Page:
from The American Heritage® Dictionary of the English Language, 5th Edition.

  • noun Water frozen solid.
  • noun A surface, layer, or mass of frozen water.
  • noun Something resembling frozen water.
  • noun A frozen dessert consisting of water, sugar, and a liquid flavoring, often fruit juice.
  • noun Cake frosting; icing.
  • noun Slang Diamonds.
  • noun Sports The playing field in ice hockey; the rink.
  • noun Extreme unfriendliness or reserve.
  • noun Slang A payment over the listed price of a ticket for a public event.
  • noun Slang Methamphetamine.
  • intransitive verb To coat or slick with solidly frozen water.
  • intransitive verb To cause to become ice; freeze.
  • intransitive verb To chill by setting in or as if in ice.
  • intransitive verb To cover or decorate (a cake, for example) with a sugar coating.
  • intransitive verb Slang To ensure of victory, as in a game; clinch.
  • intransitive verb Sports To shoot (the puck) from one's defensive half of an ice hockey rink across the opponent's goal line outside of the goal.
  • intransitive verb Slang To kill; murder.
  • intransitive verb To turn into or become coated with ice; freeze.
  • idiom (on ice) Assured of attainment or success.
  • idiom (on ice) In reserve or readiness.
  • idiom (on ice) Away from public notice or activity.
  • idiom (on thin ice) In a precarious position.

from The Century Dictionary.

  • To cover with ice; convert into ice; freeze.
  • To apply ice to; refrigerate; preserve in ice, as meat.
  • To cover with concreted sugar; frost.
  • A particular form (including the stem-vowel -i-) of the termination -ce, of Latin origin, as in avarice, justice, malice, notice, service, novice, etc.; also in words of later formation, as in cowardice. In practice the termination is historically a feminine form of -ic.
  • noun The solid form of water, produced by freezing.
  • noun Same as icing.
  • noun A frozen confection consisting
  • noun of sweetened and flavored cream, milk, or custard (cream-ice, ice-cream), or
  • noun of the sweetened juice of various fruits (water-ice).

from the GNU version of the Collaborative International Dictionary of English.

  • transitive verb To cover with ice; to convert into ice, or into something resembling ice.
  • transitive verb To cover with icing, or frosting made of sugar and milk or white of egg; to frost, as cakes, tarts, etc.
  • transitive verb To chill or cool, as with ice; to freeze.
  • noun Water or other fluid frozen or reduced to the solid state by cold; frozen water. It is a white or transparent colorless substance, crystalline, brittle, and viscoidal. Its specific gravity (0.92, that of water at 4° C. being 1.0) being less than that of water, ice floats.
  • noun Concreted sugar.
  • noun Water, cream, custard, etc., sweetened, flavored, and artificially frozen.
  • noun Any substance having the appearance of ice.
  • noun ice which sometimes forms about stones and other objects at the bottom of running or other water, and is thus attached or anchored to the ground.
  • noun ice formed in bays, fiords, etc., often in extensive fields which drift out to sea.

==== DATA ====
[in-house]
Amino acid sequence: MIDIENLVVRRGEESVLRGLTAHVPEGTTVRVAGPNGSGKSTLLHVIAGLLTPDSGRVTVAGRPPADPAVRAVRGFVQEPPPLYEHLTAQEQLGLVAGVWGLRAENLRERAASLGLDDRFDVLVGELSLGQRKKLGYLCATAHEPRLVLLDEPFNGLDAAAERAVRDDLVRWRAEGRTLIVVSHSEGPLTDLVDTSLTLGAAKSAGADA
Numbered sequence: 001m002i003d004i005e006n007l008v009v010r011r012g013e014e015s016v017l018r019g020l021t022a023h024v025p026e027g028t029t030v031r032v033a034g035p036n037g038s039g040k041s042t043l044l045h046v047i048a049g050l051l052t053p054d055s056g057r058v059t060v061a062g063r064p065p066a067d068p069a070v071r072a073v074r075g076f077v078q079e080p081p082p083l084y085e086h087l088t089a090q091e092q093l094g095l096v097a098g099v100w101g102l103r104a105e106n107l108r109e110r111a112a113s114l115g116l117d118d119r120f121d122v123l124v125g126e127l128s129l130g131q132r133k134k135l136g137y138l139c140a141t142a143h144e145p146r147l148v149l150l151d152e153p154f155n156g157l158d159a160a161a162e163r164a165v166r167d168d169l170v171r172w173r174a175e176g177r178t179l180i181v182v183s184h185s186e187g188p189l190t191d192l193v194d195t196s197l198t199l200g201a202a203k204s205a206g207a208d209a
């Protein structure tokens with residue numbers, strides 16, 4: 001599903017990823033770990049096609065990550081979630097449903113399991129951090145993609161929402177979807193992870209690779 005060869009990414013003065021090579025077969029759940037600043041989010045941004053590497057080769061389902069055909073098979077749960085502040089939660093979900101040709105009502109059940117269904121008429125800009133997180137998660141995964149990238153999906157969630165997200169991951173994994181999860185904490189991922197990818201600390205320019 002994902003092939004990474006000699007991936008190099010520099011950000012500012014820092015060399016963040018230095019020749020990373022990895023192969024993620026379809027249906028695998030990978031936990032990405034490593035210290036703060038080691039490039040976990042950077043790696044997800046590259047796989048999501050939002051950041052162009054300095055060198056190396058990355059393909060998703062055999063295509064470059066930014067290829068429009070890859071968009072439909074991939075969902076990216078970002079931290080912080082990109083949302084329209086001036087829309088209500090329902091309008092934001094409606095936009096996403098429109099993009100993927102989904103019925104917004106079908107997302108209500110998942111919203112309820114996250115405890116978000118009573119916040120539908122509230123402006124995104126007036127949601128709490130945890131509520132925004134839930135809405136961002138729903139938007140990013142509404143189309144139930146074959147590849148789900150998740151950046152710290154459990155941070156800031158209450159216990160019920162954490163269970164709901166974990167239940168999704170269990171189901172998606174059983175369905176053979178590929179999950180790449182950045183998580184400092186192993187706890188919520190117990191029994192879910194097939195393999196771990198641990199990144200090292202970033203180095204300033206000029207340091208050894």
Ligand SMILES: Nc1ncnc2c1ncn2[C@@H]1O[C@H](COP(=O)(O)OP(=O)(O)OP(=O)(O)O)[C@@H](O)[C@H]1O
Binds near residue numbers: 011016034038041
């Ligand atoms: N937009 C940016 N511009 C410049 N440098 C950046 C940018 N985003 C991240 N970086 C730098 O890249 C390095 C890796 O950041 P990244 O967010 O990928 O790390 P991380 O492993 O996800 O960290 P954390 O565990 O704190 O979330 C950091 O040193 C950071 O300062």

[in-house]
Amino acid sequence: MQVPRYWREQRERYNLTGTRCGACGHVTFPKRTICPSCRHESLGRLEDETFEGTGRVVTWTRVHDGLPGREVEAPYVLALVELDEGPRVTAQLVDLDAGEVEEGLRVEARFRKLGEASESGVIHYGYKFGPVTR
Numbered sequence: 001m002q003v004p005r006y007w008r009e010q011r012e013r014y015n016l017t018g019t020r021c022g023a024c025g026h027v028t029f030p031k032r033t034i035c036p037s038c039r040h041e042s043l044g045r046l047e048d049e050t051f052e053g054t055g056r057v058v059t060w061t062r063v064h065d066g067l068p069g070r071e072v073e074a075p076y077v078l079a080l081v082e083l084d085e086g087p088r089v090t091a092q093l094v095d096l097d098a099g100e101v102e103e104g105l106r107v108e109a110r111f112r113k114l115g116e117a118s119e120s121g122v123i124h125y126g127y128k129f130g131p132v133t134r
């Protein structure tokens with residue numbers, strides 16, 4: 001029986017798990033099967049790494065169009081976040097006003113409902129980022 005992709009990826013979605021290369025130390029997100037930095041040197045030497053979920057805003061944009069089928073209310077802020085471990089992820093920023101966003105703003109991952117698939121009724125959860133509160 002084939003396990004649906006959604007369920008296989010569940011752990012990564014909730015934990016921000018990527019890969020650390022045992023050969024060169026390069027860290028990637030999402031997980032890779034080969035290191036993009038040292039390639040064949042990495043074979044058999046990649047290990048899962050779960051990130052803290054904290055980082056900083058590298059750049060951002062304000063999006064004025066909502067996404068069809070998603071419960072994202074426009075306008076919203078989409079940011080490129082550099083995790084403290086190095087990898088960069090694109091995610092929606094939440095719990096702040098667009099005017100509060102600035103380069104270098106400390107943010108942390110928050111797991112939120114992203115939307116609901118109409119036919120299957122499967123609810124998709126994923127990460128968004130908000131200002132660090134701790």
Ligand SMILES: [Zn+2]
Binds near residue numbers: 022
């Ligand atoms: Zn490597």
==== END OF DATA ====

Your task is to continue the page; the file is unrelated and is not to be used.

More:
• noun anchor ice.
  • noun (Geol.) the glacial epoch or period. See under Glacial.
  • noun (Naut.) a grapnel for mooring a vessel to a field of ice.
  • noun a streak of whiteness of the horizon, caused by the reflection of light from ice not yet in sight.
  • noun A strong steamboat for breaking a channel through ice.
  • noun a box for holding ice; a box in which things are kept cool by means of ice; a refrigerator.
  • noun [Poetic] a brook or stream as cold as ice.
  • noun cream, milk, or custard, sweetened, flavored, and frozen.
  • noun an extensive sheet of ice.


from The American Heritage® Dictionary of the English Language, 4th Edition

[Middle English is, from Old English īs.]

from Wiktionary, Creative Commons Attribution/Share-Alike License

From Middle English is, from Old English īs, from Proto-Germanic *īsan (compare West Frisian iis, Dutch ijs, Low Saxon (Low German) Ies, German Eis, Danish and Swedish is), from Proto-Indo-European *h₁eiH- (compare Lithuanian ýnis ("glazed frost"), Russian иней (ínej, "hoarfrost"), Ossetian их (ix), ех (ex, "ice"), Persian یخ (yax)).


Help support Wordnik (and make this page ad-free) by adopting the word ice.



Log in or sign up to get involved in the conversation. It's quick and easy.

  • As a verb, to put an end to or kill off.

    "James hit a driving layup in the second overtime with 26 seconds left and added a pair of free throws with 14 seconds to play which iced the game" - Vancouver Sun, 1-10-08

    January 11, 2008

  • "Ice was also finally beginning to be used as a preservative. In 1785, Alexander Dalrymple of the East India Company described the ancient Chinese practice of packing fresh fish in ice and the penny dropped. His friend George Dempster passed the information on to his Scottish fish merchant; the Scottish fishing industry was transformed, and fresh salmon was despatched countrywide, safely and without the need for salt or pickle."

    --Kate Colquhoun, Taste: The Story of Britain Through Its Cooking (NY: Bloomsbury, 2007), 270

    (this was about 1812--no specific date given)

    January 18, 2017